When Jefferson spoke of God giving us liberty, he said a wise thing. He echoed the Old Testament prophet Joshua, who said, "Choose this day whom you will serve ..." and he added "as for me and my house, we will serve the Lord" (Joshua 24:15). God gave him a choice, and he exercised it, but he didn't impose that choice on others. There are benefits for choosing wisely and consequences for choosing wrongly. But liberty, not conformity, should be supreme.
Admittedly, this is a biblical notion. So is "Vengeance is mine, says the Lord." When a mere human takes on the role of God, dispensing vengeance and judgment, and thus assuming the role God reserves for Himself, he becomes guilty of that worst of all sins: pride. He is saying that only he knows what God wants. No human can fully know that because we all "see through a glass darkly."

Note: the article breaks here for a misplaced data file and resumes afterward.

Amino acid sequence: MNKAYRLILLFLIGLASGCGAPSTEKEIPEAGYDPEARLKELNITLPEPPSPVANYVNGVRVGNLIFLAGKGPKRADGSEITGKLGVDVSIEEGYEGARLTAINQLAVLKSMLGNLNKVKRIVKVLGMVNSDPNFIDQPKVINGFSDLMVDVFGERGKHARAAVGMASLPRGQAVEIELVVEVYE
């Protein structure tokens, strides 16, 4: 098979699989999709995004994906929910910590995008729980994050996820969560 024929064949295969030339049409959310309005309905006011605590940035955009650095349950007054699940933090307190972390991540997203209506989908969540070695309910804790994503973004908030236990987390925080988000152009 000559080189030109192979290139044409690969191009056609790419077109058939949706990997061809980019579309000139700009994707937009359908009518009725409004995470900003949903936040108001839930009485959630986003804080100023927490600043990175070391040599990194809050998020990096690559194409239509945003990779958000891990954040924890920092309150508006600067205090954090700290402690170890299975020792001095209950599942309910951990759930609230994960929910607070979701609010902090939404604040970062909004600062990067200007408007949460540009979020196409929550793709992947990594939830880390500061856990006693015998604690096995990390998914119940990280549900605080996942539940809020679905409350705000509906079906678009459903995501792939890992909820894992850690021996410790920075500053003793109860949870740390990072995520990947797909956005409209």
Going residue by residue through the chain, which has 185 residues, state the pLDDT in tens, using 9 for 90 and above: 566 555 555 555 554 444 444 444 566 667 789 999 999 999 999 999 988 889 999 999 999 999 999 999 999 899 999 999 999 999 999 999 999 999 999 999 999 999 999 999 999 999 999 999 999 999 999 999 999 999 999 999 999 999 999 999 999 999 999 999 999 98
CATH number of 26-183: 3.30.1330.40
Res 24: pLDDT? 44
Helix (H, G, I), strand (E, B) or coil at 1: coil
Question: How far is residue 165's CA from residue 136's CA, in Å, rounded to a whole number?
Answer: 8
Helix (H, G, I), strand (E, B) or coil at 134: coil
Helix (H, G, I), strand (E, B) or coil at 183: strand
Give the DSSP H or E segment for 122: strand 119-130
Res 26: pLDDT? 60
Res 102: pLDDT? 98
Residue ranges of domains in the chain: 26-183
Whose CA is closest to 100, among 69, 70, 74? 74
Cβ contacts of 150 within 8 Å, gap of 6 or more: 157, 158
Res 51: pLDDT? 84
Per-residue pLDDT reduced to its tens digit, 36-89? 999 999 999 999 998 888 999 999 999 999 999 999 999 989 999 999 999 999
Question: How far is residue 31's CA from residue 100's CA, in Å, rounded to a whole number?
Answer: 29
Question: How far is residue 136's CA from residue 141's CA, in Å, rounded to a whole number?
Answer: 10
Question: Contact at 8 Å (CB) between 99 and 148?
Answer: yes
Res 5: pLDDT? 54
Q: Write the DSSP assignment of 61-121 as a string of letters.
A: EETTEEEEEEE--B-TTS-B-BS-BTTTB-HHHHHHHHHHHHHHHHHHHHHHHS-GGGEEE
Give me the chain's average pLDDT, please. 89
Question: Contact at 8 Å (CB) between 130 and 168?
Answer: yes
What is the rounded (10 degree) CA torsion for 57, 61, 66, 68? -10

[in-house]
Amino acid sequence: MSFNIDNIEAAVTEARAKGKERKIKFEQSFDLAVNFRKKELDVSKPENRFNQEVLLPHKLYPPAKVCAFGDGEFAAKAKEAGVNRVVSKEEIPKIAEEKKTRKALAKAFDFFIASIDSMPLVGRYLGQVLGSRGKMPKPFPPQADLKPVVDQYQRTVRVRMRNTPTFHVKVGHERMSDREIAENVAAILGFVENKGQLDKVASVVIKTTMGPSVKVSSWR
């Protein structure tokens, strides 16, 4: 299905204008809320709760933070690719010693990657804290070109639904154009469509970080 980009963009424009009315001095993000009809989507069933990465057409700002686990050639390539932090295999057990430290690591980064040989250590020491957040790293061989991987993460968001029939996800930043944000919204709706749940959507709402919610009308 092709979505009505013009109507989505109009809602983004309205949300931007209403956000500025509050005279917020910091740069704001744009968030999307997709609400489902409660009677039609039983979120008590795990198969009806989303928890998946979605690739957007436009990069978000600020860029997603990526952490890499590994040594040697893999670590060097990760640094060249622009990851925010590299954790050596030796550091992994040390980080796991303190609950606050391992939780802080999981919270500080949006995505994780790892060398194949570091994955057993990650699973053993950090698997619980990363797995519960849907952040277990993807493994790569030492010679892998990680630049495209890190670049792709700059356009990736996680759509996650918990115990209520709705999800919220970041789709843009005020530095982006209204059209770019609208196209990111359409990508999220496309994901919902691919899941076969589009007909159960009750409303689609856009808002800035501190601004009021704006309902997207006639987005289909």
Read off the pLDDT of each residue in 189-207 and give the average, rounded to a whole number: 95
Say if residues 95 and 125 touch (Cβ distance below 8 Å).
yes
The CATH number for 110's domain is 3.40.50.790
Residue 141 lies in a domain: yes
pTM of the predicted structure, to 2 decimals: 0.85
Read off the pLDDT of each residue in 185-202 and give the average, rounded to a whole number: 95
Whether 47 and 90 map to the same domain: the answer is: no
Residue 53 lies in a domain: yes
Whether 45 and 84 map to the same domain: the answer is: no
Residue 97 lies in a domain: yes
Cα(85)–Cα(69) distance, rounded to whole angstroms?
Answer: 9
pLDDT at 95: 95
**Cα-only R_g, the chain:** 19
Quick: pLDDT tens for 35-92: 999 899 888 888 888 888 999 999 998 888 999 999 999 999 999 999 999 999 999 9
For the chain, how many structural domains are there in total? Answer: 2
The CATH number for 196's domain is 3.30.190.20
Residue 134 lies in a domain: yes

It's going to be difficult to win consideration for Jefferson's noble observation in Pakistan and Russia and in many other places, but we should try. As Dinesh D'Souza wrote in The Washington Post (July 4), virtue has great power, but not if it is imposed - only when it is chosen.
Cal Thomas is co-author (with Bob Beckel) of the book, "Common Ground: How to Stop the Partisan War That is Destroying America".
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